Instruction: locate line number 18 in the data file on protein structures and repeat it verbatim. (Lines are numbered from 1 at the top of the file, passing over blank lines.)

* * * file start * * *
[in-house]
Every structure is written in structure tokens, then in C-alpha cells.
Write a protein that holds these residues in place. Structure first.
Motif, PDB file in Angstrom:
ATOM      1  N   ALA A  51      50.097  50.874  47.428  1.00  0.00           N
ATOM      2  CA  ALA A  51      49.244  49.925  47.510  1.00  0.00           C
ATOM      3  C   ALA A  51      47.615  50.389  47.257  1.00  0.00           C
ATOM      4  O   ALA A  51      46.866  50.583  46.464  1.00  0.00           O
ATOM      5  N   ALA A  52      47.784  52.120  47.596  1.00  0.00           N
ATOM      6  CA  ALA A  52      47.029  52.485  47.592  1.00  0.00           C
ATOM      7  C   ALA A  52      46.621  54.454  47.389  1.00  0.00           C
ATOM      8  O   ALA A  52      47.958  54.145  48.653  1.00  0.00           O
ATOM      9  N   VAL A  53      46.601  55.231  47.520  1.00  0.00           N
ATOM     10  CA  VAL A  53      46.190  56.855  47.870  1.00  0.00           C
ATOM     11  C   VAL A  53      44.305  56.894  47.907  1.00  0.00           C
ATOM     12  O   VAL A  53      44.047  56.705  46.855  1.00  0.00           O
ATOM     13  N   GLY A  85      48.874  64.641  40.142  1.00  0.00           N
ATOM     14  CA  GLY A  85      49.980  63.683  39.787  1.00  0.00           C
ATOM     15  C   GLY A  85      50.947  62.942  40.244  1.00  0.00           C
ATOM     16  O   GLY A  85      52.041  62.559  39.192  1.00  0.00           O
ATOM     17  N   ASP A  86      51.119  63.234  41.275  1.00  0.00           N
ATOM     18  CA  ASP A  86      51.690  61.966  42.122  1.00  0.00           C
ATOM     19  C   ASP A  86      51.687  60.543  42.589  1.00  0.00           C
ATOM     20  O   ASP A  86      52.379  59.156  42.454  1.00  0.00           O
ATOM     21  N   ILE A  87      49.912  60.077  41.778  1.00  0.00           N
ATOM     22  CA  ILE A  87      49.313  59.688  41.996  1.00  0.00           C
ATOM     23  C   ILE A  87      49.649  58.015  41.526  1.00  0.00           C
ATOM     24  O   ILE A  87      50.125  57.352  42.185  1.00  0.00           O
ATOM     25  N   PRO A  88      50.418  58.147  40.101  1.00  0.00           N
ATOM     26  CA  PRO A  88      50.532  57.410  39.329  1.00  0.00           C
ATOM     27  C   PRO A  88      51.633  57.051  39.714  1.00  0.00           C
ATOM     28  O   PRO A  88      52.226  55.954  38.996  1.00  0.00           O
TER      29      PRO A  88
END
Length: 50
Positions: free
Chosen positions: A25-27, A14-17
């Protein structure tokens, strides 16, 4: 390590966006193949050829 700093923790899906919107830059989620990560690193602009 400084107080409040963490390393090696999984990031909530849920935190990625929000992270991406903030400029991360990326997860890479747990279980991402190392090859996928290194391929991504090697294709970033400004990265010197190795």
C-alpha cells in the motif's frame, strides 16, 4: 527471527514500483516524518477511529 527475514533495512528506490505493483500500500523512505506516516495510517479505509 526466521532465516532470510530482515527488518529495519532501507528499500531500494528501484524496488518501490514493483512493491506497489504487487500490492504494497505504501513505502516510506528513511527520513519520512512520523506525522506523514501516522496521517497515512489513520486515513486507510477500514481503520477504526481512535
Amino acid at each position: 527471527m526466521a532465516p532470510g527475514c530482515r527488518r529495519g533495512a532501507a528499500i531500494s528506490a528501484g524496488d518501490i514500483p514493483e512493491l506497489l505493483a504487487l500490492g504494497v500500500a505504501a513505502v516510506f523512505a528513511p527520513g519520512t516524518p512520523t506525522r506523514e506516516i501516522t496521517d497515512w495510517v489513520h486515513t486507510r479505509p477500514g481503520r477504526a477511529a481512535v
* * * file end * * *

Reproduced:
ATOM     14  CA  GLY A  85      49.980  63.683  39.787  1.00  0.00           C